Discover the stars at Višnjan Observatory

Višnjan Observatory, IstriaOne of the more unusual things you can do in Istria is visit Višnjan Observatory, near Porec. For the scientifically-minded, it’s a chance to look behind the scenes in some hot topics in astronomy, while for the rest of us, it is an unusual and entertainingly educational experience – even the building itself is gorgeous, worth seeing in its own right. I went to one of their open days, with friends John and Louise, and had a fascinating afternoon. Korado Korlevic, the man behind it, tells some wonderful tales: not only about astronomy and the important work done here, but also about druidic stone circles and early Christian churches; a telescope built on a shoe-string; and a friendly owl who prefers his flat to her own deluxe owl house!

 

Near-earth protection…

For a privately-funded, amateur-run telescope, Višnjan Observatory’s achievements have been amazing. It played a significant role in the development of near-earth astronomy and, for a while in the 1980s and 90s, was the world’s leading observatory Višnjan telescope, Istriafor spotting near-earth objects – like the asteroid which wiped out the dinosaurs, or the meteor that recently exploded above Chelyabinsk.

Today, near-earth astronomy is a hot topic, with millions of dollars being invested in major detection arrays, scanning the whole night sky. Višnjan’s no longer at the forefront, but it continues to play a role as part of the Space Guard, doing follow-up work on objects discovered by the big arrays.

 

…and education

But, while the observatory’s astronomy activities are important, Korado is keen to stress that it has never been Višnjan’s primary function. “Our main role is educational,” he said, “opening the eyes of exceptional children, showing them what’s possible and inspiring our next generation of leading scientists.”Korado Korlevic, Visnjan Observatory, Istria

Working as a teacher, he established the Višnjan Astronomy Society in the 1980s to help motivate gifted children. “Kids like this don’t need teaching in the traditional sense,” he explained. “They just need a subject which will inspire them and someone to guide their exploration. We looked at all forms of science, and astronomy was the subject which most caught their imagination – so we built an observatory.”

The first observatory was built in Višnjan itself, by Korado and his students. “It was here we did a lot of our most important work,” he explained, “but gradually the town’s light pollution reduced our effectiveness, so we moved to our current location and built this new observatory in 2007.”

 

See for yourself

Before I went, I must admit I had my doubts. I’d looked at the observatory’s website and suspected it would be very dry, formal and rather boring. But John was very keen to go, so Louise and I tagged along. I shouldn’t have worried, the reality was the complete opposite. It was a very relaxed couple of hours and totally absorbing.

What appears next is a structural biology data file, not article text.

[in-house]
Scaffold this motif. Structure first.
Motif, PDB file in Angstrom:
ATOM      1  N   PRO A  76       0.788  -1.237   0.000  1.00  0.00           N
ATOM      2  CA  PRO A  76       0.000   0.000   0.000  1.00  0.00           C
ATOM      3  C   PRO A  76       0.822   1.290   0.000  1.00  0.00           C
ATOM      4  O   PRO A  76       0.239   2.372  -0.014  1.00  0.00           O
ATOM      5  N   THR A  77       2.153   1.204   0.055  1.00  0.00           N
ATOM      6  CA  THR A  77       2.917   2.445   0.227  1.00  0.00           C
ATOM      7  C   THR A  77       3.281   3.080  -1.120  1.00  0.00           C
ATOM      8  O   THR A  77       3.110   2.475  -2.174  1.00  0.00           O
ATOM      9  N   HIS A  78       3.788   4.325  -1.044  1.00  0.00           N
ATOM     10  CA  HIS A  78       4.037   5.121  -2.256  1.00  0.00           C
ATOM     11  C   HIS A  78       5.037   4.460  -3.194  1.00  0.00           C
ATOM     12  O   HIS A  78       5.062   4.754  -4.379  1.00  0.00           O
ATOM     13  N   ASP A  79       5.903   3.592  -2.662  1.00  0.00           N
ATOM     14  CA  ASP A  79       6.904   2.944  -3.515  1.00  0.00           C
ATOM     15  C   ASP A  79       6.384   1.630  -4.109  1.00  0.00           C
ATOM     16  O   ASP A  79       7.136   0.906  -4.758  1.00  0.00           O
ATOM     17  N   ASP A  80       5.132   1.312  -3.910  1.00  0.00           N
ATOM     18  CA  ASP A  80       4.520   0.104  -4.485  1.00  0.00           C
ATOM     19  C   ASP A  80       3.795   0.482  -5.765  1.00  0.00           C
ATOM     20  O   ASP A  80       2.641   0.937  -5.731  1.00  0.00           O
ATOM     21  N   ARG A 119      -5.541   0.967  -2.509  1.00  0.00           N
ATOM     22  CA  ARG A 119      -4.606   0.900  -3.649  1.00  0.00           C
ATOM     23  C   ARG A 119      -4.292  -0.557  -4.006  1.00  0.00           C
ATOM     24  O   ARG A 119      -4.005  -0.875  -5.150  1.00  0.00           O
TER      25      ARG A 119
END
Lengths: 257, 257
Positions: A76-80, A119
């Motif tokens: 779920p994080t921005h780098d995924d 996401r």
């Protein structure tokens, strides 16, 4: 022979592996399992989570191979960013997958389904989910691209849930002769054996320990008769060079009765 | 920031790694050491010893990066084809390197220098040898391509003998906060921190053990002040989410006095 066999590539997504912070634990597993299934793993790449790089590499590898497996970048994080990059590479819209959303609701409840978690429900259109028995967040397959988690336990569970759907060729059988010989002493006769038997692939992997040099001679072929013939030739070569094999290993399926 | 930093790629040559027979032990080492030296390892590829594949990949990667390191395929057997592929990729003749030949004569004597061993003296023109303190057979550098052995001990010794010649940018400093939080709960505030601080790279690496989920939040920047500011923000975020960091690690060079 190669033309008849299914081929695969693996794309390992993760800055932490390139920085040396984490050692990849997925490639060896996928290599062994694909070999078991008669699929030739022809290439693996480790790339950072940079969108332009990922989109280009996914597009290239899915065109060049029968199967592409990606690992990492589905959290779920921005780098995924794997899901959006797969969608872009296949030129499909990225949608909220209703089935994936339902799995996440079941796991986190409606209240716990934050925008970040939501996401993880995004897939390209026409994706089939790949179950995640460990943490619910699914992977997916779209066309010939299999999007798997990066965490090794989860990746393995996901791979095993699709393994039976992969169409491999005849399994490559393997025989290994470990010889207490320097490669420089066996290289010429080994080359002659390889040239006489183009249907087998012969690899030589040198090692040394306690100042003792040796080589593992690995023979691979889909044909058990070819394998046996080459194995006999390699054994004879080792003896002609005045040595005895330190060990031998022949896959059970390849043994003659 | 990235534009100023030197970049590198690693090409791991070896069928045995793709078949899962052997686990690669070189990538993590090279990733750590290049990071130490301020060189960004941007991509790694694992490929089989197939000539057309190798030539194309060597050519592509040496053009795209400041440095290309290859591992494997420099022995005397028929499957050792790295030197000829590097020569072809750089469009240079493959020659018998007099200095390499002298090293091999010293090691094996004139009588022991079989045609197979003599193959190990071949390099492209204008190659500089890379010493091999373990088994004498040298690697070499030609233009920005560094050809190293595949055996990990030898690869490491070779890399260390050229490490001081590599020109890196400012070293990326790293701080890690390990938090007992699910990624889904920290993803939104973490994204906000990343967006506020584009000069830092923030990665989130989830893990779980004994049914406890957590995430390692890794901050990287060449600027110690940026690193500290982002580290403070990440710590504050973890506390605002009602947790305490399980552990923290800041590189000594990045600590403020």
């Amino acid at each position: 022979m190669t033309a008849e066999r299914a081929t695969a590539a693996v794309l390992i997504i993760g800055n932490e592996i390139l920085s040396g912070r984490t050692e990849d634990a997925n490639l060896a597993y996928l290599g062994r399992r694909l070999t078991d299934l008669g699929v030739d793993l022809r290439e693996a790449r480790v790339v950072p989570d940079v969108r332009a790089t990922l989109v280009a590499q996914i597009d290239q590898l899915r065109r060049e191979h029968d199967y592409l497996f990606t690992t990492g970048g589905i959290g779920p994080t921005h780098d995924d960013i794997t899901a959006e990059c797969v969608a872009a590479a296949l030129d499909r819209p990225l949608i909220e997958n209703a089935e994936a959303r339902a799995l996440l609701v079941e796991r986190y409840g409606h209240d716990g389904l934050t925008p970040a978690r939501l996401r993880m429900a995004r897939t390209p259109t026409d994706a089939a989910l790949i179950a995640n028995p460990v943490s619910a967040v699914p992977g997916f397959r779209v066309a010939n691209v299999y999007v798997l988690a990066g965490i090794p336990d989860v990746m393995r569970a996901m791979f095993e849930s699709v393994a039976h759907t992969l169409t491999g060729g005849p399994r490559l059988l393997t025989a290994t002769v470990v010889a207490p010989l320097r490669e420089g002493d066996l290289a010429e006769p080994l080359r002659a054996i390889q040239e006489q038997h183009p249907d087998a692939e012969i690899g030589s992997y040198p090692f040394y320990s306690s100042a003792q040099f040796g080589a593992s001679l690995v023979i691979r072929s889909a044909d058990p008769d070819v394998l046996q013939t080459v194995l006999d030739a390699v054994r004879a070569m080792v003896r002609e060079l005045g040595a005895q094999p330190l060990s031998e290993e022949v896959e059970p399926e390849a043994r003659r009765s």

looking at sun's corona, Visnjan Observatgory, IstriaLooking through a field telescope at the sun’s corona, while an expert explained what I was seeing, was very special. As was standing in a druidic stone circle, while Korado explained the ancient solar calendar. Moving inside, we saw the big telescope and heard about the observatory’s history, work and goals – all so impressive. Its significance is out of all proportion to its size, not only in terms of the work it has done, but in the number of young scientists it has nurtured – all now holding important roles in astronomy, physics or engineering, because of the start and inspiration they received at Višnjan Observatory. And this work continues today: Višnjan is part of the Network of Youth Excellence and holds a Summer School of Science, with students attending from all around the world.

Astrofest, Višnjan observatory, IstriaKorado is the heart and soul of Višnjan Observatory. It was his vision and he’s still the driving force today. Passionate about education, Istria, astronomy and all forms of science, he is a born communicator, and effortlessly tailors what he says to the age, size and interests of his audience. We were given the ‘grown-up, interested in science’ talk – which we thoroughly enjoyed. But for a younger, less knowledgeable audience, they’ve got various props and games, many involving a big yellow ball as a stand-in for the sun.

Photo is of Astrofest, held annually at Višnjan Observatory’s stone circle

 

Please: donate generously!

The Višnjan teamWalking back to the car afterwards, John, Louise and I all agreed it had been a wonderful and unusual afternoon, and that Korado was an inspiration. As John said, it was definitely well worth the 200 kn donation we left in their box.

Višnjan Observatory’s open days are free of charge. Amazingly, despite their lack of funding, Korado and his team of volunteers charge nothing for their time. But they do accept donations, which they need desperately. The observatory receives no official funding and is financed by sponsors and donations … and, being good scientists, they’re hopeless about asking you for money. So yes, the visit is free, but if you enjoy it and appreciate the work being done here, please, please, give generously, so they can continue their work: saving us from incoming meteors and asteroids, and inspiring Agatha the owl & friend, Istriathe next generation of astronomers and rocket scientists.

Višnjan Observatory is usually open to the public from March to October, at 16:00 and then 21:00, every Saturday and some Thursdays, or by appointment. For the latest information and details on the programme see their Facebook page. Also see their website (please note, it hasn’t been updated for a while – something on Korado’s to do list.)

Agatha the owl and friend

 

 

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